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Kidney Week

Abstract: PO2458

The Utility of Procalcitonin in the Management of Kidney and Pancreas Transplant Recipients with Suspected Infection

Session Information

Category: Transplantation

  • 1902 Transplantation: Clinical

Authors

  • Gilligan, Sarah, University of Utah Health, Salt Lake City, Utah, United States
  • Shihab, Fuad S., University of Utah Health, Salt Lake City, Utah, United States
  • Raghavan, Divya, University of Utah Health, Salt Lake City, Utah, United States
  • Al-Rabadi, Laith, University of Utah Health, Salt Lake City, Utah, United States
  • Abraham, Josephine, University of Utah Health, Salt Lake City, Utah, United States
  • Hall, Isaac E., University of Utah Health, Salt Lake City, Utah, United States
Background

Procalcitonin is used to differentiate between bacterial and viral infections to guide judicious use of antibiotics. It has not, however, been well studied in renal and pancreas transplant recipients. These patients are frequently exposed to antibiotics and are at risk for developing resistant infections. Thus, there is a need for reliable markers of bacterial infection. The purpose of this study was to compare procalcitonin levels in patients with and without bacterial infection to determine whether procalcitonin is a reliable marker of bacterial infection in the transplant population.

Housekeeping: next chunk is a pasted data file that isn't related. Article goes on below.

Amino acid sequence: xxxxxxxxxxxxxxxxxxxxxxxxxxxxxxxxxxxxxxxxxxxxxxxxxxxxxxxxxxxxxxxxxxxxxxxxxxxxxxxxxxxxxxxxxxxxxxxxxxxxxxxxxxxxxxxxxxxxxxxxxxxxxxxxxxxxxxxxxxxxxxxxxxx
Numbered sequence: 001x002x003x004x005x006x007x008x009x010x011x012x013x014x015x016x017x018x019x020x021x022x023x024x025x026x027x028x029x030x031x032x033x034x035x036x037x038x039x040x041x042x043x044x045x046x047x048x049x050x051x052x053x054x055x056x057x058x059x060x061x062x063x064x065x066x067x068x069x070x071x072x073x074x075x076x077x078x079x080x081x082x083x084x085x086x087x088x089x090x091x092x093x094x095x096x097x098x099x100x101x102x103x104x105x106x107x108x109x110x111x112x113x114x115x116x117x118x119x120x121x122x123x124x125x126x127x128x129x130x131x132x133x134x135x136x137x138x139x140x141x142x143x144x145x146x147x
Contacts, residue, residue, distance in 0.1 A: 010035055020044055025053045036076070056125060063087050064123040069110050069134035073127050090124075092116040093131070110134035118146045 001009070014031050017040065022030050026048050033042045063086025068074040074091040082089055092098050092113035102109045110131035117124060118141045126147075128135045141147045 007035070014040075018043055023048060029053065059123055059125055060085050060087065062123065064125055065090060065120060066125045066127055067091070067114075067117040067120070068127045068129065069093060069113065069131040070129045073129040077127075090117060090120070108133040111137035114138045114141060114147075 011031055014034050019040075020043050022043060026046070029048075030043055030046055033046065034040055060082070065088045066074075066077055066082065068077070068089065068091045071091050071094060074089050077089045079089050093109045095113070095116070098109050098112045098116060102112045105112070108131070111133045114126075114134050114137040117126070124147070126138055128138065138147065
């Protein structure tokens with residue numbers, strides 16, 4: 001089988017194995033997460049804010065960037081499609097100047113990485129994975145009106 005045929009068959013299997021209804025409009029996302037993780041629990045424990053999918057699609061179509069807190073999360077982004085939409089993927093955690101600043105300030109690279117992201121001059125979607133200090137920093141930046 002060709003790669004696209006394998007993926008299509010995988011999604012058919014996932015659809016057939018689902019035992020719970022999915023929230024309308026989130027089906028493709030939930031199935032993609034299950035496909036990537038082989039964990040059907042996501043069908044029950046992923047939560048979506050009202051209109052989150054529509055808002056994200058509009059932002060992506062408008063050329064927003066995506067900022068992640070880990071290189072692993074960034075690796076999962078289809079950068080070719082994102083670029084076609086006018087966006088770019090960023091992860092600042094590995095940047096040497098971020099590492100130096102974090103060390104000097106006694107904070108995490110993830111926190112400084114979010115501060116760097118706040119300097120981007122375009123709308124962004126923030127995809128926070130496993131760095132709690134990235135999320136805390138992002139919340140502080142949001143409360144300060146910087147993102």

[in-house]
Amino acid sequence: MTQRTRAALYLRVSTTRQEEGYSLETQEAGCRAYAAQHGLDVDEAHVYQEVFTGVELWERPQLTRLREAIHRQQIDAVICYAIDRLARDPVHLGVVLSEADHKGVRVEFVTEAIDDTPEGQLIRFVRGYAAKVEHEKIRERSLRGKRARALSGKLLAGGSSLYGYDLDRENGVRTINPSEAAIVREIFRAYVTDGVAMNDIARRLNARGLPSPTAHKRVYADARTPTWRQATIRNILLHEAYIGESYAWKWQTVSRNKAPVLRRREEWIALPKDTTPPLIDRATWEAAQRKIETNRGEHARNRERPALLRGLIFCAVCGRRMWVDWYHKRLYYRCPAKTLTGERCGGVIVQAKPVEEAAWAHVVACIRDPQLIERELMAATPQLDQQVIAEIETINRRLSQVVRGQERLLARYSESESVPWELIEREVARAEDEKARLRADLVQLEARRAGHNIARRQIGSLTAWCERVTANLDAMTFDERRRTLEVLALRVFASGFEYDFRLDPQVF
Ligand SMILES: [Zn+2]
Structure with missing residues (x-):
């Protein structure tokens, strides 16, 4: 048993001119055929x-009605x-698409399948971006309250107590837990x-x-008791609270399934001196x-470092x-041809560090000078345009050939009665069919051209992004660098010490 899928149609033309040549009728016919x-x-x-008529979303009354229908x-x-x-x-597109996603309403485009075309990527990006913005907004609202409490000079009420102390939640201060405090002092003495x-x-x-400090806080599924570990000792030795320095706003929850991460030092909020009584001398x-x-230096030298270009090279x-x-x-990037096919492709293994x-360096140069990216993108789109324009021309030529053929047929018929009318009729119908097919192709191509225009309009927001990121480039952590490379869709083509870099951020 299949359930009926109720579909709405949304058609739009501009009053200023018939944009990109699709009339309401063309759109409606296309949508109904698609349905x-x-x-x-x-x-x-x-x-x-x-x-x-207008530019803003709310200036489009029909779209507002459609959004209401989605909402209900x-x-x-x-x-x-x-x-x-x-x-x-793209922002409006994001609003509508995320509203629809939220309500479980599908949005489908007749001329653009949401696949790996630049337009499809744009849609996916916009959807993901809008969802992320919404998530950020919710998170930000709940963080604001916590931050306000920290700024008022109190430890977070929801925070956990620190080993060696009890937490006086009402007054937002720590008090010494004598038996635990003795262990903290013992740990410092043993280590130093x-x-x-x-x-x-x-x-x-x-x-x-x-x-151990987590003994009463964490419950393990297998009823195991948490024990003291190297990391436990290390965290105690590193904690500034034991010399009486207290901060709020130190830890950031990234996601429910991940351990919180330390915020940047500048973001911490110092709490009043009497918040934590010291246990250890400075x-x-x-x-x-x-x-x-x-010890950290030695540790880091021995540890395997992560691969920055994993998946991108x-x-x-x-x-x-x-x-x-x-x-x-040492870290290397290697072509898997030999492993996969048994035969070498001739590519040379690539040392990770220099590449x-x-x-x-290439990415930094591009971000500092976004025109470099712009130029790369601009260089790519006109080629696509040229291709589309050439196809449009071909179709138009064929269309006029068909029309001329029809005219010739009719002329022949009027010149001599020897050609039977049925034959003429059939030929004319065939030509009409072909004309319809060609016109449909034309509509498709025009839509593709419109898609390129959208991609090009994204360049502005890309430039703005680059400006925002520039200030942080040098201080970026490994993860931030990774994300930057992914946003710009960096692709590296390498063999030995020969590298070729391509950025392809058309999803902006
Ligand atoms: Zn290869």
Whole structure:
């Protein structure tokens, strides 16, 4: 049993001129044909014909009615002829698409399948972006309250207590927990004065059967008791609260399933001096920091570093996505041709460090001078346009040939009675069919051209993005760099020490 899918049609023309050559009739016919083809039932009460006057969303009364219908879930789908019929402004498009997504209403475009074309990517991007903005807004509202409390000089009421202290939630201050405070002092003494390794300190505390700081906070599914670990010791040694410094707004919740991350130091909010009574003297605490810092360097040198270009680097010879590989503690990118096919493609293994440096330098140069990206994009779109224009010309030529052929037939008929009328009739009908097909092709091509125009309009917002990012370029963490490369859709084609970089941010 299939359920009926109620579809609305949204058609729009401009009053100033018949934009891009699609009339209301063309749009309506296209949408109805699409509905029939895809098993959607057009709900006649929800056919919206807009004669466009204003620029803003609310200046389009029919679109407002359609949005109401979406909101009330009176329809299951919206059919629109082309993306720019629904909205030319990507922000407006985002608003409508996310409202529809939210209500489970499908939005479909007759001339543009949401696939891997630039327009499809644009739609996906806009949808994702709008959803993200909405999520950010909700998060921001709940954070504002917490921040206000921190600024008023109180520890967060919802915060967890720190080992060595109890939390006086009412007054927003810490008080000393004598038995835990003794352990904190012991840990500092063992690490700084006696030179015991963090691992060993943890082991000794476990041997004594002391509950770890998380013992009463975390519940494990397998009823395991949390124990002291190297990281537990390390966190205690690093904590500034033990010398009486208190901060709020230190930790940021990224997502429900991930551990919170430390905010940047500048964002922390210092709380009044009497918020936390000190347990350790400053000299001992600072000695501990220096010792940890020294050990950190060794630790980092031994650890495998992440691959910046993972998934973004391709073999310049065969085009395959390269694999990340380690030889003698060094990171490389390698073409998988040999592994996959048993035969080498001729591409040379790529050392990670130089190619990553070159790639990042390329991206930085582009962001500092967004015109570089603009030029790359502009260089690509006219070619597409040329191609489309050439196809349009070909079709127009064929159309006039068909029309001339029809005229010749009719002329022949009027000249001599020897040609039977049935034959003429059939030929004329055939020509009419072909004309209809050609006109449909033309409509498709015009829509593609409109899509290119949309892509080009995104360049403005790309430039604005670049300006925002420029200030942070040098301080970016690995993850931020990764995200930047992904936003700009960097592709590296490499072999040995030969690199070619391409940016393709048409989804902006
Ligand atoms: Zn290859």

Methods

Serum procalcitonin levels were measured on admission on all patients admitted to the Transplant Nephrology service with suspected infection as determined clinically by the on-call physician. We obtained all study data via chart review.

Results

Procalcitonin was measured in 154 patients. Demographics are included in the table. Forty-two patients (27%) had a positive bacterial culture. Mean procalcitonin for those with positive cultures was 5.36 ng/ml vs. 3.35 ng/ml in those without positive cultures, however this was not statistically significant (t=0.642, p=0.522). Patients with positive cultures were more likely to have procalcitonin levels >0.5 mg/ml (p=0.003). Procalcitonin had a modest but significant correlation with WBC count (r=0.249, p=0.002). Receiver operating characteristic analysis demonstrated an area under the curve (AUC) of 0.679 (95% confidence interval: 0.590-0.768, p=0.001) for predicting positive cultures with procalcitonin compared with an AUC of 0.584 (95% confidence interval: 0.474-0.694, p=0.110) for WBC count.

Conclusion

In this cohort of hospitalized kidney and pancreas transplant recipients, serum procalcitonin concentration was associated with bacterial infection and was found to be a better predictor than WBC count. More information is needed to determine the utility of procalcitonin measurements in clinical decision making in this patient population.